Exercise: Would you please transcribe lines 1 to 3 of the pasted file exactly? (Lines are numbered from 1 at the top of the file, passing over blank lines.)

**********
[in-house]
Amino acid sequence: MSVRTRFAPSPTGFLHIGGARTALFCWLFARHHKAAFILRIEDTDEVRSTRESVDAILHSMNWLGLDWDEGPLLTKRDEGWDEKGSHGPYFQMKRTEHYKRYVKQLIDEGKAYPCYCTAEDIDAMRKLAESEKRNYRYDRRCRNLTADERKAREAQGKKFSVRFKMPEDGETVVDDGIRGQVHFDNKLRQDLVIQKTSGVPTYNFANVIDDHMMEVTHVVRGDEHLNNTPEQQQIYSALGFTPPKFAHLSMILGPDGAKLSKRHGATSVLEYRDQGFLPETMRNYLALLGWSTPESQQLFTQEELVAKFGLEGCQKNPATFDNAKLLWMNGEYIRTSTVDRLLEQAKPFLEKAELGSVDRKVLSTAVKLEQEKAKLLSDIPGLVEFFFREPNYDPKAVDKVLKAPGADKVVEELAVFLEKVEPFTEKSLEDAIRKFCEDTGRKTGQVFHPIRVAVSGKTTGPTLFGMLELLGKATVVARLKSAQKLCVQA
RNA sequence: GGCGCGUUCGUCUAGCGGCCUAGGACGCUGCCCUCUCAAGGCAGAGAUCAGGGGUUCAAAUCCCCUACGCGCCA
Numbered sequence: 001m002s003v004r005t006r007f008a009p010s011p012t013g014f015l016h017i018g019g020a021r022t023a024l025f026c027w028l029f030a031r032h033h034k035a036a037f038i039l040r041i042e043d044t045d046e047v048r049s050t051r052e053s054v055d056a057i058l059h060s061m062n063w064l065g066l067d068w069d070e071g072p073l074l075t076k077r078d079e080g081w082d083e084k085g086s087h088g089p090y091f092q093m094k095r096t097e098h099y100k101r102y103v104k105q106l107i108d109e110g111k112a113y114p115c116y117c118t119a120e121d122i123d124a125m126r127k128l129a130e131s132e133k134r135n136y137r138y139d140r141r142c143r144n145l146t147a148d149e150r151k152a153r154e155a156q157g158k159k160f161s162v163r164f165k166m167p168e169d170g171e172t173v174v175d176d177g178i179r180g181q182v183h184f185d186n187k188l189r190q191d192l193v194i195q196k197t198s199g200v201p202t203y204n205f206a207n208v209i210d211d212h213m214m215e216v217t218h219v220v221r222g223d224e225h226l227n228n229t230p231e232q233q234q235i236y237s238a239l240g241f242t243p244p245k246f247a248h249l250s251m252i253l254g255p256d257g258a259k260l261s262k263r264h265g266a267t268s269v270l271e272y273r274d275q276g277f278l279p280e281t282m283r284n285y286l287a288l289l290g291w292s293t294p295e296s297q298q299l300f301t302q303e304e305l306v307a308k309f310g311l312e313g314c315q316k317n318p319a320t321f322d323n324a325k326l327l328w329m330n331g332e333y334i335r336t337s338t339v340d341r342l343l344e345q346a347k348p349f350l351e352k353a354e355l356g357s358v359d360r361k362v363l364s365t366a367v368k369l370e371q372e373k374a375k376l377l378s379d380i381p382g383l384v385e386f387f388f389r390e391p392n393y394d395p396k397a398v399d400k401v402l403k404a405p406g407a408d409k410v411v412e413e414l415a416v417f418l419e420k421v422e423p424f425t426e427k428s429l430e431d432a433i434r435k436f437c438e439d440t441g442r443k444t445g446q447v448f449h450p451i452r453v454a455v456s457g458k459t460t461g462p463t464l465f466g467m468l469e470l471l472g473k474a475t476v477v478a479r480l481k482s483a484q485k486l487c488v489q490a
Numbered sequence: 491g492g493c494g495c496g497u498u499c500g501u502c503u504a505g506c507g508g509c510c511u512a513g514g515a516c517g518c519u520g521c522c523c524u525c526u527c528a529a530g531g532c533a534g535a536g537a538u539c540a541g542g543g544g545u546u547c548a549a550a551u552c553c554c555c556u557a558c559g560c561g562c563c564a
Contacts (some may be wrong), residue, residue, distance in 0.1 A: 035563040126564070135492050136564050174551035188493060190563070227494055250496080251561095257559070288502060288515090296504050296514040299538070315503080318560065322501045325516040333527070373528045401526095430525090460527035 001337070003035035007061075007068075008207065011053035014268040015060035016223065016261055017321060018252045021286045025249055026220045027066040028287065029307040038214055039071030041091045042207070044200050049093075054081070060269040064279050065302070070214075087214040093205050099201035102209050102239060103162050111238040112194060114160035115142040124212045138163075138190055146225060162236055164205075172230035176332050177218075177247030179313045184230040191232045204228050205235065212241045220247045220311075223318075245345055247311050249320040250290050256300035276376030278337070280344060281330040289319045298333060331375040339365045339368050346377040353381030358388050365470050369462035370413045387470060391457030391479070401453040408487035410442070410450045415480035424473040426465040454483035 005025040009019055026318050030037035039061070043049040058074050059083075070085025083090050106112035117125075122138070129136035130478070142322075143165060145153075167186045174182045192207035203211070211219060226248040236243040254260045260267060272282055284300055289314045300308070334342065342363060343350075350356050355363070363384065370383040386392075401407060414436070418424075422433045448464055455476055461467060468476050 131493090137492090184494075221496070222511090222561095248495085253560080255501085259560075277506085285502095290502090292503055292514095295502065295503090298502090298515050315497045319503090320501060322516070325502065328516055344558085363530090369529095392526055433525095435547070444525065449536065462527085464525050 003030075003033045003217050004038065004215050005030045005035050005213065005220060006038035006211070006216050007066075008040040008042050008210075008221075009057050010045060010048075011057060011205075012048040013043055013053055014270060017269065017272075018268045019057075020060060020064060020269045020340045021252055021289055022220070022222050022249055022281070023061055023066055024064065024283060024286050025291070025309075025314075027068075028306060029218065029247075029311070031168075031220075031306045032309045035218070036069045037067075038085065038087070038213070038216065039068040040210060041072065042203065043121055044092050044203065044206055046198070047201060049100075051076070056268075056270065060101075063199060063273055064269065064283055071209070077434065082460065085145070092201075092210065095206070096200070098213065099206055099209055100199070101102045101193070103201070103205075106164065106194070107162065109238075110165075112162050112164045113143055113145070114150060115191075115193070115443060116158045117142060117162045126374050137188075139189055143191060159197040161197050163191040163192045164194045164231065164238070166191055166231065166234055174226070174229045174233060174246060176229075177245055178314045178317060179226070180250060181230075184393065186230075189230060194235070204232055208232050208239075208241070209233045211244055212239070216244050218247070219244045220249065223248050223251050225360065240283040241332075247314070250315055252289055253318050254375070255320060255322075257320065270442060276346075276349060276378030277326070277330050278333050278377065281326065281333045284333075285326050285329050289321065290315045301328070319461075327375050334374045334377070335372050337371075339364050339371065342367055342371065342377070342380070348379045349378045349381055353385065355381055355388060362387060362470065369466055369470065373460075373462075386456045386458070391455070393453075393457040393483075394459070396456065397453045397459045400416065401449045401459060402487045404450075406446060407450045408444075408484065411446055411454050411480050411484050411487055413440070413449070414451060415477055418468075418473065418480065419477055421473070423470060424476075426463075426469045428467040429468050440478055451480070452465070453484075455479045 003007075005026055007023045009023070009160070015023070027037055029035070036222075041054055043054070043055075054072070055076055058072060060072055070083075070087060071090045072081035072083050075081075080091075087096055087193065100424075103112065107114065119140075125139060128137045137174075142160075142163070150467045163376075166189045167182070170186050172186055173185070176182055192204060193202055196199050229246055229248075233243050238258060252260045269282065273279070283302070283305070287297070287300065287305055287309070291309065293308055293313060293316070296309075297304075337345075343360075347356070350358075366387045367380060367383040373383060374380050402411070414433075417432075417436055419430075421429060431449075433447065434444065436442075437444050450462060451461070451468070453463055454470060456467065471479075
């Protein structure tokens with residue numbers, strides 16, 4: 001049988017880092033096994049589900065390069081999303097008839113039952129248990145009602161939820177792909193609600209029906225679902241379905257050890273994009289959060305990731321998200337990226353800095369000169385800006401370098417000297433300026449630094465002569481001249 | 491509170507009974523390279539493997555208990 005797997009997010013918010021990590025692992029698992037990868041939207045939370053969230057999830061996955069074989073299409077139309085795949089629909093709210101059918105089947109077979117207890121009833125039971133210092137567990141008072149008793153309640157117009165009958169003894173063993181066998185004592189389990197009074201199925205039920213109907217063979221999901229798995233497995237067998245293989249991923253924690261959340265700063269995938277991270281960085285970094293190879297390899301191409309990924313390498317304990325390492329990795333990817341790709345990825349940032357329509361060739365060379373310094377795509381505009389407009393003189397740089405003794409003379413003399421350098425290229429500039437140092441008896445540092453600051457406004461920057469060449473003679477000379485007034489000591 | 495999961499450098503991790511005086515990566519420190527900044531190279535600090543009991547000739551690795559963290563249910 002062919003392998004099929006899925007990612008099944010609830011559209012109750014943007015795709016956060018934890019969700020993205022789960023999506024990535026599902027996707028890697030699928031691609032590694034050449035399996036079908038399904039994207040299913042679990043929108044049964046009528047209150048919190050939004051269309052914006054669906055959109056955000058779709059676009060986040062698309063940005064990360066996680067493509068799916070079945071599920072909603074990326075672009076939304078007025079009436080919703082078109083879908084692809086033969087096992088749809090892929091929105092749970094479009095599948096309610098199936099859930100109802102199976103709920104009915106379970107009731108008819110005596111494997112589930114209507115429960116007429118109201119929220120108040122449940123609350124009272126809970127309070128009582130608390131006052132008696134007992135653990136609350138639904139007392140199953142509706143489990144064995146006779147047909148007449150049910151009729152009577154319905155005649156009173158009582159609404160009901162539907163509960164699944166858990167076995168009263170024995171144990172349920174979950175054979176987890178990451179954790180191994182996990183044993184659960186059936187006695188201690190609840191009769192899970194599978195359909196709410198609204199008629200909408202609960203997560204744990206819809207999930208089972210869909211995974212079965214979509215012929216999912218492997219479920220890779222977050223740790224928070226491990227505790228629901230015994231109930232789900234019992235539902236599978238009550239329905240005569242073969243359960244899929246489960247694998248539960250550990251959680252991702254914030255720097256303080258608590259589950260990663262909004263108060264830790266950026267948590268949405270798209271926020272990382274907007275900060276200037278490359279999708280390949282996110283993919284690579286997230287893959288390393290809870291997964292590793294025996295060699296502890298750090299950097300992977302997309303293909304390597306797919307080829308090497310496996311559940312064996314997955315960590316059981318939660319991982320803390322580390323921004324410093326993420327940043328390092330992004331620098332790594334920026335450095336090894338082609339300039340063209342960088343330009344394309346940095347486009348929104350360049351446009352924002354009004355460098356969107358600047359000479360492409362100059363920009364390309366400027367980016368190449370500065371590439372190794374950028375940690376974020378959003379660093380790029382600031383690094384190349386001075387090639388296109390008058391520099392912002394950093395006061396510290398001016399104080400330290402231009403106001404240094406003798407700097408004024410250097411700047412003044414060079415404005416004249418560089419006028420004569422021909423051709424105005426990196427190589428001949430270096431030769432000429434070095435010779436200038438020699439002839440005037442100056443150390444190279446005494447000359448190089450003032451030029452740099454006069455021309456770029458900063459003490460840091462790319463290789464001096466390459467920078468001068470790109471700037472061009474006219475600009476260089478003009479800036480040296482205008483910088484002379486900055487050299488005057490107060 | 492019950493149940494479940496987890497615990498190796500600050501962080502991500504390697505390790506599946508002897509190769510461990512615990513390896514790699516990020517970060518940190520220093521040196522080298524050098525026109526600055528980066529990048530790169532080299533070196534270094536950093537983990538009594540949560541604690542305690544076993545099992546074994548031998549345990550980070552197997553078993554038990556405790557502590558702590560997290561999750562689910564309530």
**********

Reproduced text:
[in-house]
Amino acid sequence: MSVRTRFAPSPTGFLHIGGARTALFCWLFARHHKAAFILRIEDTDEVRSTRESVDAILHSMNWLGLDWDEGPLLTKRDEGWDEKGSHGPYFQMKRTEHYKRYVKQLIDEGKAYPCYCTAEDIDAMRKLAESEKRNYRYDRRCRNLTADERKAREAQGKKFSVRFKMPEDGETVVDDGIRGQVHFDNKLRQDLVIQKTSGVPTYNFANVIDDHMMEVTHVVRGDEHLNNTPEQQQIYSALGFTPPKFAHLSMILGPDGAKLSKRHGATSVLEYRDQGFLPETMRNYLALLGWSTPESQQLFTQEELVAKFGLEGCQKNPATFDNAKLLWMNGEYIRTSTVDRLLEQAKPFLEKAELGSVDRKVLSTAVKLEQEKAKLLSDIPGLVEFFFREPNYDPKAVDKVLKAPGADKVVEELAVFLEKVEPFTEKSLEDAIRKFCEDTGRKTGQVFHPIRVAVSGKTTGPTLFGMLELLGKATVVARLKSAQKLCVQA
RNA sequence: GGCGCGUUCGUCUAGCGGCCUAGGACGCUGCCCUCUCAAGGCAGAGAUCAGGGGUUCAAAUCCCCUACGCGCCA